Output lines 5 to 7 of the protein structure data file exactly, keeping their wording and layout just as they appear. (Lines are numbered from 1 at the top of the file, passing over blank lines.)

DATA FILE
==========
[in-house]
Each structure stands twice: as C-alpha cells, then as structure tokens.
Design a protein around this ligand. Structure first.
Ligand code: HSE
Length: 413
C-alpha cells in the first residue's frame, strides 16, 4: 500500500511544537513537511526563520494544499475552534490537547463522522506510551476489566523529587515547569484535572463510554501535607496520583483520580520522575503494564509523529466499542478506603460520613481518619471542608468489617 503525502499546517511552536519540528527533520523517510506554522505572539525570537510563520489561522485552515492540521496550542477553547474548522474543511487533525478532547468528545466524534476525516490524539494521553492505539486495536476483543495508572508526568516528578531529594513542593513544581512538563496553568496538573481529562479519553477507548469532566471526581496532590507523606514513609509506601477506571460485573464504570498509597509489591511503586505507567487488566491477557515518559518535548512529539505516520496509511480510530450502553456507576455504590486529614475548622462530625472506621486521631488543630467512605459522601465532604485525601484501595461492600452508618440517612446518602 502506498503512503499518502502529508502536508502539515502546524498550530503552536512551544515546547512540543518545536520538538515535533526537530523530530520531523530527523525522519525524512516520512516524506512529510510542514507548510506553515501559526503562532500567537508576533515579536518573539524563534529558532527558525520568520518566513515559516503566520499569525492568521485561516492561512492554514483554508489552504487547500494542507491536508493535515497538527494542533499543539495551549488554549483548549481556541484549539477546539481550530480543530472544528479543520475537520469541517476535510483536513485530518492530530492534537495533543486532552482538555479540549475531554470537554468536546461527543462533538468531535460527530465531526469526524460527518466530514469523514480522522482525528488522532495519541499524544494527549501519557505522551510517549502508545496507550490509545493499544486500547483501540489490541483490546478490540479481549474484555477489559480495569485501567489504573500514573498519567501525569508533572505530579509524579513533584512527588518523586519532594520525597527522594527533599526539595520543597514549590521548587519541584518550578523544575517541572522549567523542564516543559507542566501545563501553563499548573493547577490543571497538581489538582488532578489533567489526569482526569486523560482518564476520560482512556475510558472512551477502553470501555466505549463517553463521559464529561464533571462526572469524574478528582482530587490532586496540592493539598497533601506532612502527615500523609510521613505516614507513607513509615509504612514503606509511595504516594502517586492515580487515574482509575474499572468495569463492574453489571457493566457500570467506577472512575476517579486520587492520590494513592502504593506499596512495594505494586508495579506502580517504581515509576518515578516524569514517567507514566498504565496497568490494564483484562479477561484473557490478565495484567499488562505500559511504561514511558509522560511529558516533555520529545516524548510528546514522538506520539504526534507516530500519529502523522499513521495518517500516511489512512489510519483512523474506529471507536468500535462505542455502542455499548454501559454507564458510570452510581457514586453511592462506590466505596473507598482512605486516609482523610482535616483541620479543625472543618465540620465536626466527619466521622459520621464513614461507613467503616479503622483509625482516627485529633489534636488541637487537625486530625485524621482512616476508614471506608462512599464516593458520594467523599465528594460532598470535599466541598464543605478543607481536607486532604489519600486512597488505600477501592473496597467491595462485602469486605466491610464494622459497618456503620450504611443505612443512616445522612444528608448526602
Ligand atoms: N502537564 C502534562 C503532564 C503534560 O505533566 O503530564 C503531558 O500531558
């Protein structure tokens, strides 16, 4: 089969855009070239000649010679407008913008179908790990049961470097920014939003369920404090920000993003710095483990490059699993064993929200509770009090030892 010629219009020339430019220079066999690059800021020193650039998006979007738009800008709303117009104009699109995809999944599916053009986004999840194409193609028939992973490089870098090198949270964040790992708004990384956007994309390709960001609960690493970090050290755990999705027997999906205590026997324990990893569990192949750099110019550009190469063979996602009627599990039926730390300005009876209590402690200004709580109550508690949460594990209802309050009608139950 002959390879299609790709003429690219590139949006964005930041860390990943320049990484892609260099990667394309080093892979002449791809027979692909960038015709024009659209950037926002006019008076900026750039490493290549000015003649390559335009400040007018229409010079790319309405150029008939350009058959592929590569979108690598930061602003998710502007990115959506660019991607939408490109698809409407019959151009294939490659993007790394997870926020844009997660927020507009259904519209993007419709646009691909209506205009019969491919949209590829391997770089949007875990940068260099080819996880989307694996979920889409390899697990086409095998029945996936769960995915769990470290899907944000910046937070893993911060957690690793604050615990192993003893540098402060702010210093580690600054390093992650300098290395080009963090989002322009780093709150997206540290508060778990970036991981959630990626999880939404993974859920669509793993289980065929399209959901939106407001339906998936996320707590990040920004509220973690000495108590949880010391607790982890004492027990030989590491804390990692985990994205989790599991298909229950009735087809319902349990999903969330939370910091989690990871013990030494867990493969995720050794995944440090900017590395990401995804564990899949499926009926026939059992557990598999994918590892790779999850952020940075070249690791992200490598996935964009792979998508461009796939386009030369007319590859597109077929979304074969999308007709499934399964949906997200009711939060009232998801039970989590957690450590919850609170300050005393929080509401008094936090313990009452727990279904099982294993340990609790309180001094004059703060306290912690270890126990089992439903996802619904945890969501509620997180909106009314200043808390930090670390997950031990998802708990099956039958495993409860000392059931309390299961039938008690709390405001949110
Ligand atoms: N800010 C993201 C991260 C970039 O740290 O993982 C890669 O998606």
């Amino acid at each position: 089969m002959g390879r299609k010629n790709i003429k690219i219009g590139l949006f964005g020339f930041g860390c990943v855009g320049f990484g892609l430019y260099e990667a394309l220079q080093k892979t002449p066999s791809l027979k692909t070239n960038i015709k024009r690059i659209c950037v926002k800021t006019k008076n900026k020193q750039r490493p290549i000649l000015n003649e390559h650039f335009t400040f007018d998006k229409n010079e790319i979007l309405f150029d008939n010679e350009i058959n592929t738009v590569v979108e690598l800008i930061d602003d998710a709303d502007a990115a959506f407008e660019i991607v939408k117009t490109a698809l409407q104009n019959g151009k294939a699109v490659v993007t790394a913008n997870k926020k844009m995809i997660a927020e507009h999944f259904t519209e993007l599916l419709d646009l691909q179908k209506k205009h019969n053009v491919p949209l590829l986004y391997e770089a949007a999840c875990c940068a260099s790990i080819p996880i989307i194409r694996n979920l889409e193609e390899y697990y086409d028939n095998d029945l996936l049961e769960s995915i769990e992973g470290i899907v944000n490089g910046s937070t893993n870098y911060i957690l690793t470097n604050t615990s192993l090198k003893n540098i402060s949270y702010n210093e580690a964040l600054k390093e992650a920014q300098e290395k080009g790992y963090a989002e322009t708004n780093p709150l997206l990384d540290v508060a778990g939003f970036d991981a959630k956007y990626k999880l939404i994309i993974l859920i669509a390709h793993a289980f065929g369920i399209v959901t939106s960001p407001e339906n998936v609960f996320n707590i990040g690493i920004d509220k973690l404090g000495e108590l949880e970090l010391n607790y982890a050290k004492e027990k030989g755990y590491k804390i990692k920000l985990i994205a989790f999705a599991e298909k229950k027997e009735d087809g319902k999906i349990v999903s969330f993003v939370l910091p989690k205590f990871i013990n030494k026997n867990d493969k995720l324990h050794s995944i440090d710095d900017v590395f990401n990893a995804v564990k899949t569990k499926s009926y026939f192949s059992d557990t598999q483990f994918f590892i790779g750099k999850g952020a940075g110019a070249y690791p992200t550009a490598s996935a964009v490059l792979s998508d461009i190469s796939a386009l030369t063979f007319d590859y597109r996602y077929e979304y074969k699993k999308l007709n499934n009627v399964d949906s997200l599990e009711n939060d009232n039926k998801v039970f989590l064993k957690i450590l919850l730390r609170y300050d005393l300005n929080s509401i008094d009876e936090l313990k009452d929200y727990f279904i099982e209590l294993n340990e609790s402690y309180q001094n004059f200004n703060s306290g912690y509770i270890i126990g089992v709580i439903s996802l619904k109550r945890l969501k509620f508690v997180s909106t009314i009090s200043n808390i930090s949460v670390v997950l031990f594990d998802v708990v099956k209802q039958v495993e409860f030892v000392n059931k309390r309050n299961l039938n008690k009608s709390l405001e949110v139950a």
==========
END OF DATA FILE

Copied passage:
Length: 413
C-alpha cells in the first residue's frame, strides 16, 4: 500500500511544537513537511526563520494544499475552534490537547463522522506510551476489566523529587515547569484535572463510554501535607496520583483520580520522575503494564509523529466499542478506603460520613481518619471542608468489617 503525502499546517511552536519540528527533520523517510506554522505572539525570537510563520489561522485552515492540521496550542477553547474548522474543511487533525478532547468528545466524534476525516490524539494521553492505539486495536476483543495508572508526568516528578531529594513542593513544581512538563496553568496538573481529562479519553477507548469532566471526581496532590507523606514513609509506601477506571460485573464504570498509597509489591511503586505507567487488566491477557515518559518535548512529539505516520496509511480510530450502553456507576455504590486529614475548622462530625472506621486521631488543630467512605459522601465532604485525601484501595461492600452508618440517612446518602 502506498503512503499518502502529508502536508502539515502546524498550530503552536512551544515546547512540543518545536520538538515535533526537530523530530520531523530527523525522519525524512516520512516524506512529510510542514507548510506553515501559526503562532500567537508576533515579536518573539524563534529558532527558525520568520518566513515559516503566520499569525492568521485561516492561512492554514483554508489552504487547500494542507491536508493535515497538527494542533499543539495551549488554549483548549481556541484549539477546539481550530480543530472544528479543520475537520469541517476535510483536513485530518492530530492534537495533543486532552482538555479540549475531554470537554468536546461527543462533538468531535460527530465531526469526524460527518466530514469523514480522522482525528488522532495519541499524544494527549501519557505522551510517549502508545496507550490509545493499544486500547483501540489490541483490546478490540479481549474484555477489559480495569485501567489504573500514573498519567501525569508533572505530579509524579513533584512527588518523586519532594520525597527522594527533599526539595520543597514549590521548587519541584518550578523544575517541572522549567523542564516543559507542566501545563501553563499548573493547577490543571497538581489538582488532578489533567489526569482526569486523560482518564476520560482512556475510558472512551477502553470501555466505549463517553463521559464529561464533571462526572469524574478528582482530587490532586496540592493539598497533601506532612502527615500523609510521613505516614507513607513509615509504612514503606509511595504516594502517586492515580487515574482509575474499572468495569463492574453489571457493566457500570467506577472512575476517579486520587492520590494513592502504593506499596512495594505494586508495579506502580517504581515509576518515578516524569514517567507514566498504565496497568490494564483484562479477561484473557490478565495484567499488562505500559511504561514511558509522560511529558516533555520529545516524548510528546514522538506520539504526534507516530500519529502523522499513521495518517500516511489512512489510519483512523474506529471507536468500535462505542455502542455499548454501559454507564458510570452510581457514586453511592462506590466505596473507598482512605486516609482523610482535616483541620479543625472543618465540620465536626466527619466521622459520621464513614461507613467503616479503622483509625482516627485529633489534636488541637487537625486530625485524621482512616476508614471506608462512599464516593458520594467523599465528594460532598470535599466541598464543605478543607481536607486532604489519600486512597488505600477501592473496597467491595462485602469486605466491610464494622459497618456503620450504611443505612443512616445522612444528608448526602
Ligand atoms: N502537564 C502534562 C503532564 C503534560 O505533566 O503530564 C503531558 O500531558